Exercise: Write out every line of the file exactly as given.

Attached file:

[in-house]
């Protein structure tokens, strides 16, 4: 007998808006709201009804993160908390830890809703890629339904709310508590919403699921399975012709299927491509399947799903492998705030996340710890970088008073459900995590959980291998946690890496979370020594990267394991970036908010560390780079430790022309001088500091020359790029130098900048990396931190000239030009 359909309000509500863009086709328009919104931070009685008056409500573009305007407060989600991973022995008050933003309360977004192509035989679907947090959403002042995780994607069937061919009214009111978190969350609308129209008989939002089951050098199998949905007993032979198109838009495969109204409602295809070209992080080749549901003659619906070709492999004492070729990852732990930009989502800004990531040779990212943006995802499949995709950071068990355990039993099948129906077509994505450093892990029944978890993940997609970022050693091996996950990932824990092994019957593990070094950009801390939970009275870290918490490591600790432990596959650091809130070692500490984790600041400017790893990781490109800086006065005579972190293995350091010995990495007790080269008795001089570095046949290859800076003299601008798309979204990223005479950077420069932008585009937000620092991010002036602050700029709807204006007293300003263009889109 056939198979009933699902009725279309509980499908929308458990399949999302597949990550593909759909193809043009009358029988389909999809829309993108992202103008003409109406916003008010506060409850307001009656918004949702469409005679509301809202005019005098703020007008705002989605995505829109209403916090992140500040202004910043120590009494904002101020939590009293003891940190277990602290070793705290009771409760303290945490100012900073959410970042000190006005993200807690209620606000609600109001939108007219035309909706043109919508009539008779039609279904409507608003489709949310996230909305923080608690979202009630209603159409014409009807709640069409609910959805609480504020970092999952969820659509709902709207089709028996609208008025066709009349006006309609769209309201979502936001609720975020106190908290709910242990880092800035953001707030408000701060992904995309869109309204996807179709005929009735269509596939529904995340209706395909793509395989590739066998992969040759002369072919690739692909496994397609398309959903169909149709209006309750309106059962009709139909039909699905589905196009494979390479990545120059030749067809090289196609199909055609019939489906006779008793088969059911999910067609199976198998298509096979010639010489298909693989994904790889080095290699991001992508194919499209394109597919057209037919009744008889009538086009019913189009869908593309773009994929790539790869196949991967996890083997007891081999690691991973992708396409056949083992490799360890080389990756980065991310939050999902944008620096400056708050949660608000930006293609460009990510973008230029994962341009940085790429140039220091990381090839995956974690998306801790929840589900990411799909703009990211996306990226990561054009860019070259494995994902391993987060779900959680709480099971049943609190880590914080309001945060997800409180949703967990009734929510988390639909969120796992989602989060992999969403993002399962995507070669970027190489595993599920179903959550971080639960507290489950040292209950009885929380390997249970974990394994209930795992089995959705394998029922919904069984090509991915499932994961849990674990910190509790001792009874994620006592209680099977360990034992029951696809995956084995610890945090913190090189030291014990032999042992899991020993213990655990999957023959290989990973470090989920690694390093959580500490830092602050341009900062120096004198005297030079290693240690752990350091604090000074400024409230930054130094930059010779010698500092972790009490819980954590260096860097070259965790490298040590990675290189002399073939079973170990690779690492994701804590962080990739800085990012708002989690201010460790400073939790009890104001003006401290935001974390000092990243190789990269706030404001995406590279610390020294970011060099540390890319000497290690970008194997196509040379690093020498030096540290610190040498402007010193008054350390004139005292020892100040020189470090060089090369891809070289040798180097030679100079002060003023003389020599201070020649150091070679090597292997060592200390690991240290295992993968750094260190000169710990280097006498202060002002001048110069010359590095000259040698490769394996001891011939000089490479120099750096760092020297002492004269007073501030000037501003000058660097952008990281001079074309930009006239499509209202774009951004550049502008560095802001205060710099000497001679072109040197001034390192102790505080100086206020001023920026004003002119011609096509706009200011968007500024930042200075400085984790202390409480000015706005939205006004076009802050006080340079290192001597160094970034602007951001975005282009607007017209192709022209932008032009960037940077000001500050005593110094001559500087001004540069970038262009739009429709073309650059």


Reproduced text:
[in-house]
């Protein structure tokens, strides 16, 4: 007998808006709201009804993160908390830890809703890629339904709310508590919403699921399975012709299927491509399947799903492998705030996340710890970088008073459900995590959980291998946690890496979370020594990267394991970036908010560390780079430790022309001088500091020359790029130098900048990396931190000239030009 359909309000509500863009086709328009919104931070009685008056409500573009305007407060989600991973022995008050933003309360977004192509035989679907947090959403002042995780994607069937061919009214009111978190969350609308129209008989939002089951050098199998949905007993032979198109838009495969109204409602295809070209992080080749549901003659619906070709492999004492070729990852732990930009989502800004990531040779990212943006995802499949995709950071068990355990039993099948129906077509994505450093892990029944978890993940997609970022050693091996996950990932824990092994019957593990070094950009801390939970009275870290918490490591600790432990596959650091809130070692500490984790600041400017790893990781490109800086006065005579972190293995350091010995990495007790080269008795001089570095046949290859800076003299601008798309979204990223005479950077420069932008585009937000620092991010002036602050700029709807204006007293300003263009889109 056939198979009933699902009725279309509980499908929308458990399949999302597949990550593909759909193809043009009358029988389909999809829309993108992202103008003409109406916003008010506060409850307001009656918004949702469409005679509301809202005019005098703020007008705002989605995505829109209403916090992140500040202004910043120590009494904002101020939590009293003891940190277990602290070793705290009771409760303290945490100012900073959410970042000190006005993200807690209620606000609600109001939108007219035309909706043109919508009539008779039609279904409507608003489709949310996230909305923080608690979202009630209603159409014409009807709640069409609910959805609480504020970092999952969820659509709902709207089709028996609208008025066709009349006006309609769209309201979502936001609720975020106190908290709910242990880092800035953001707030408000701060992904995309869109309204996807179709005929009735269509596939529904995340209706395909793509395989590739066998992969040759002369072919690739692909496994397609398309959903169909149709209006309750309106059962009709139909039909699905589905196009494979390479990545120059030749067809090289196609199909055609019939489906006779008793088969059911999910067609199976198998298509096979010639010489298909693989994904790889080095290699991001992508194919499209394109597919057209037919009744008889009538086009019913189009869908593309773009994929790539790869196949991967996890083997007891081999690691991973992708396409056949083992490799360890080389990756980065991310939050999902944008620096400056708050949660608000930006293609460009990510973008230029994962341009940085790429140039220091990381090839995956974690998306801790929840589900990411799909703009990211996306990226990561054009860019070259494995994902391993987060779900959680709480099971049943609190880590914080309001945060997800409180949703967990009734929510988390639909969120796992989602989060992999969403993002399962995507070669970027190489595993599920179903959550971080639960507290489950040292209950009885929380390997249970974990394994209930795992089995959705394998029922919904069984090509991915499932994961849990674990910190509790001792009874994620006592209680099977360990034992029951696809995956084995610890945090913190090189030291014990032999042992899991020993213990655990999957023959290989990973470090989920690694390093959580500490830092602050341009900062120096004198005297030079290693240690752990350091604090000074400024409230930054130094930059010779010698500092972790009490819980954590260096860097070259965790490298040590990675290189002399073939079973170990690779690492994701804590962080990739800085990012708002989690201010460790400073939790009890104001003006401290935001974390000092990243190789990269706030404001995406590279610390020294970011060099540390890319000497290690970008194997196509040379690093020498030096540290610190040498402007010193008054350390004139005292020892100040020189470090060089090369891809070289040798180097030679100079002060003023003389020599201070020649150091070679090597292997060592200390690991240290295992993968750094260190000169710990280097006498202060002002001048110069010359590095000259040698490769394996001891011939000089490479120099750096760092020297002492004269007073501030000037501003000058660097952008990281001079074309930009006239499509209202774009951004550049502008560095802001205060710099000497001679072109040197001034390192102790505080100086206020001023920026004003002119011609096509706009200011968007500024930042200075400085984790202390409480000015706005939205006004076009802050006080340079290192001597160094970034602007951001975005282009607007017209192709022209932008032009960037940077000001500050005593110094001559500087001004540069970038262009739009429709073309650059």